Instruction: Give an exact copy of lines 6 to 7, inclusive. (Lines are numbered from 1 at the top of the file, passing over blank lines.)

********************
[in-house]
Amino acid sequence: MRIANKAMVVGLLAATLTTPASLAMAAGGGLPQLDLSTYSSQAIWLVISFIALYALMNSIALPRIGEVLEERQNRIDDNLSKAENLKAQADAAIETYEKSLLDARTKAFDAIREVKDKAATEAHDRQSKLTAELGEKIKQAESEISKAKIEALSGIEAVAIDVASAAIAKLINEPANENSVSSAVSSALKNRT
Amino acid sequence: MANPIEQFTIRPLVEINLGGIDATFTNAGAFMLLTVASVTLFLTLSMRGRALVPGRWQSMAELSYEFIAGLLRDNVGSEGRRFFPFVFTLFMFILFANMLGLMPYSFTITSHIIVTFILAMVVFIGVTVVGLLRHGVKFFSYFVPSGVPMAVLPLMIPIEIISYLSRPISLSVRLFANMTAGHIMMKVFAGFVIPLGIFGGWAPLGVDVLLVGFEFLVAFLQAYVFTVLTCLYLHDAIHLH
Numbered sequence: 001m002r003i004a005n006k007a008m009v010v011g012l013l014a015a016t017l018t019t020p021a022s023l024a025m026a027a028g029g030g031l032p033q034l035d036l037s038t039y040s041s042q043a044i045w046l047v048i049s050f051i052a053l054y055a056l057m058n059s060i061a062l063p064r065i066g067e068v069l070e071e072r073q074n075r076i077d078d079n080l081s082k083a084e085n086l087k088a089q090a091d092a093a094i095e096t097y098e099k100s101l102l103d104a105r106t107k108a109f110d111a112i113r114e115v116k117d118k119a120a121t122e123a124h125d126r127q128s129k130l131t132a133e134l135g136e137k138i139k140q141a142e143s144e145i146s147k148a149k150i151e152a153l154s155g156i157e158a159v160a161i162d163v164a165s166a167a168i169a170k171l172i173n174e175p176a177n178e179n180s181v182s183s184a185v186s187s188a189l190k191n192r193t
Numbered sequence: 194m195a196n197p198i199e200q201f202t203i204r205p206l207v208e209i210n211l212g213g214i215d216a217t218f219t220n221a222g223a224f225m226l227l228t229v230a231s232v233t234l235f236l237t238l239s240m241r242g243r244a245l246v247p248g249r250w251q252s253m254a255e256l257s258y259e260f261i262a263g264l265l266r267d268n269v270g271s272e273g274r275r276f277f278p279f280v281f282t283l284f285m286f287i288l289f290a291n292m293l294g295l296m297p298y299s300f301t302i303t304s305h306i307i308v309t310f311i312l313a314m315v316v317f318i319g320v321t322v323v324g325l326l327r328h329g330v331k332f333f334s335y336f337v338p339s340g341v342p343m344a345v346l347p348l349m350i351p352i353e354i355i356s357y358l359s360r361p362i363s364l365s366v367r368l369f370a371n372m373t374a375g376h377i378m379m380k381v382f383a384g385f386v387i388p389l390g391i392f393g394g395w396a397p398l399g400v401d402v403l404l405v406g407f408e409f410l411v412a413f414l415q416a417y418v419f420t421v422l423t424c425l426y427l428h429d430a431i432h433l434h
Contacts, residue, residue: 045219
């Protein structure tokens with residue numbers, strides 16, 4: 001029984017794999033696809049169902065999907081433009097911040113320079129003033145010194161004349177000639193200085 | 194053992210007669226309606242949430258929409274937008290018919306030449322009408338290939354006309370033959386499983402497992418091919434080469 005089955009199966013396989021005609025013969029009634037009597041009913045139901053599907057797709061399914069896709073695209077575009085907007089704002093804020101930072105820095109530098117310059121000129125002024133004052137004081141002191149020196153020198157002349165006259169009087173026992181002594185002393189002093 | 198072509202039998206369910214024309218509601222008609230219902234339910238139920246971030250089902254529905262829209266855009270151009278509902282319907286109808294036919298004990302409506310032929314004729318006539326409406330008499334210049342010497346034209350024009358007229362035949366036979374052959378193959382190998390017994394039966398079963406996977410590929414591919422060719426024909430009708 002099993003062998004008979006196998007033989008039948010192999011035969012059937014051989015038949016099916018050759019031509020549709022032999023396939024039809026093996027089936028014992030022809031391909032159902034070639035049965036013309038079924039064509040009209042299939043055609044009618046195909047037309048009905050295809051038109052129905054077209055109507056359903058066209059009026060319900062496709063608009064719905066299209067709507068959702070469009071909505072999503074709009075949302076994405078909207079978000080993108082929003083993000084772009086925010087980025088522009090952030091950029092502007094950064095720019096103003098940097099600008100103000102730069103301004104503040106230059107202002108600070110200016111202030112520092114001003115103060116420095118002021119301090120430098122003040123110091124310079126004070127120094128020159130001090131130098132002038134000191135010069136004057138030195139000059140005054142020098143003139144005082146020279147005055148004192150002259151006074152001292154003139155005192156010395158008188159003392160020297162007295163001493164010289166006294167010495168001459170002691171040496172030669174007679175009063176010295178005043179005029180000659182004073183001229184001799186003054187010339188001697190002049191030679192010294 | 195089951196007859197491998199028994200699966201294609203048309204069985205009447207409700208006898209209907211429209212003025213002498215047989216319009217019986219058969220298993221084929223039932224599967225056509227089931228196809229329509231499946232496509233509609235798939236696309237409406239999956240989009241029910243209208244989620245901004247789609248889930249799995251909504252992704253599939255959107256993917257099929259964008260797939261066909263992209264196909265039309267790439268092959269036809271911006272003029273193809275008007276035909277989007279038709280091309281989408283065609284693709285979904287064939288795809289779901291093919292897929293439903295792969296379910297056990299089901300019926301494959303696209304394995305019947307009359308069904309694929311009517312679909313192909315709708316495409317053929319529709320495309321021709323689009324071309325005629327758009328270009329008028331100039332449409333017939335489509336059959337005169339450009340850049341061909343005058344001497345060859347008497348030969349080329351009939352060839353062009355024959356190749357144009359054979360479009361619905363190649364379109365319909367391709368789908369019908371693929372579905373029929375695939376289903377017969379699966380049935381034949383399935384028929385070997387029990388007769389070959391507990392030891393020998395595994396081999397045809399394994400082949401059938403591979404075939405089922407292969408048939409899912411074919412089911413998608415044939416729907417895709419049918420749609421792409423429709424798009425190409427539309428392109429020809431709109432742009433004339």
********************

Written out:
Contacts, residue, residue: 045219
């Protein structure tokens with residue numbers, strides 16, 4: 001029984017794999033696809049169902065999907081433009097911040113320079129003033145010194161004349177000639193200085 | 194053992210007669226309606242949430258929409274937008290018919306030449322009408338290939354006309370033959386499983402497992418091919434080469 005089955009199966013396989021005609025013969029009634037009597041009913045139901053599907057797709061399914069896709073695209077575009085907007089704002093804020101930072105820095109530098117310059121000129125002024133004052137004081141002191149020196153020198157002349165006259169009087173026992181002594185002393189002093 | 198072509202039998206369910214024309218509601222008609230219902234339910238139920246971030250089902254529905262829209266855009270151009278509902282319907286109808294036919298004990302409506310032929314004729318006539326409406330008499334210049342010497346034209350024009358007229362035949366036979374052959378193959382190998390017994394039966398079963406996977410590929414591919422060719426024909430009708 002099993003062998004008979006196998007033989008039948010192999011035969012059937014051989015038949016099916018050759019031509020549709022032999023396939024039809026093996027089936028014992030022809031391909032159902034070639035049965036013309038079924039064509040009209042299939043055609044009618046195909047037309048009905050295809051038109052129905054077209055109507056359903058066209059009026060319900062496709063608009064719905066299209067709507068959702070469009071909505072999503074709009075949302076994405078909207079978000080993108082929003083993000084772009086925010087980025088522009090952030091950029092502007094950064095720019096103003098940097099600008100103000102730069103301004104503040106230059107202002108600070110200016111202030112520092114001003115103060116420095118002021119301090120430098122003040123110091124310079126004070127120094128020159130001090131130098132002038134000191135010069136004057138030195139000059140005054142020098143003139144005082146020279147005055148004192150002259151006074152001292154003139155005192156010395158008188159003392160020297162007295163001493164010289166006294167010495168001459170002691171040496172030669174007679175009063176010295178005043179005029180000659182004073183001229184001799186003054187010339188001697190002049191030679192010294 | 195089951196007859197491998199028994200699966201294609203048309204069985205009447207409700208006898209209907211429209212003025213002498215047989216319009217019986219058969220298993221084929223039932224599967225056509227089931228196809229329509231499946232496509233509609235798939236696309237409406239999956240989009241029910243209208244989620245901004247789609248889930249799995251909504252992704253599939255959107256993917257099929259964008260797939261066909263992209264196909265039309267790439268092959269036809271911006272003029273193809275008007276035909277989007279038709280091309281989408283065609284693709285979904287064939288795809289779901291093919292897929293439903295792969296379910297056990299089901300019926301494959303696209304394995305019947307009359308069904309694929311009517312679909313192909315709708316495409317053929319529709320495309321021709323689009324071309325005629327758009328270009329008028331100039332449409333017939335489509336059959337005169339450009340850049341061909343005058344001497345060859347008497348030969349080329351009939352060839353062009355024959356190749357144009359054979360479009361619905363190649364379109365319909367391709368789908369019908371693929372579905373029929375695939376289903377017969379699966380049935381034949383399935384028929385070997387029990388007769389070959391507990392030891393020998395595994396081999397045809399394994400082949401059938403591979404075939405089922407292969408048939409899912411074919412089911413998608415044939416729907417895709419049918420749609421792409423429709424798009425190409427539309428392109429020809431709109432742009433004339």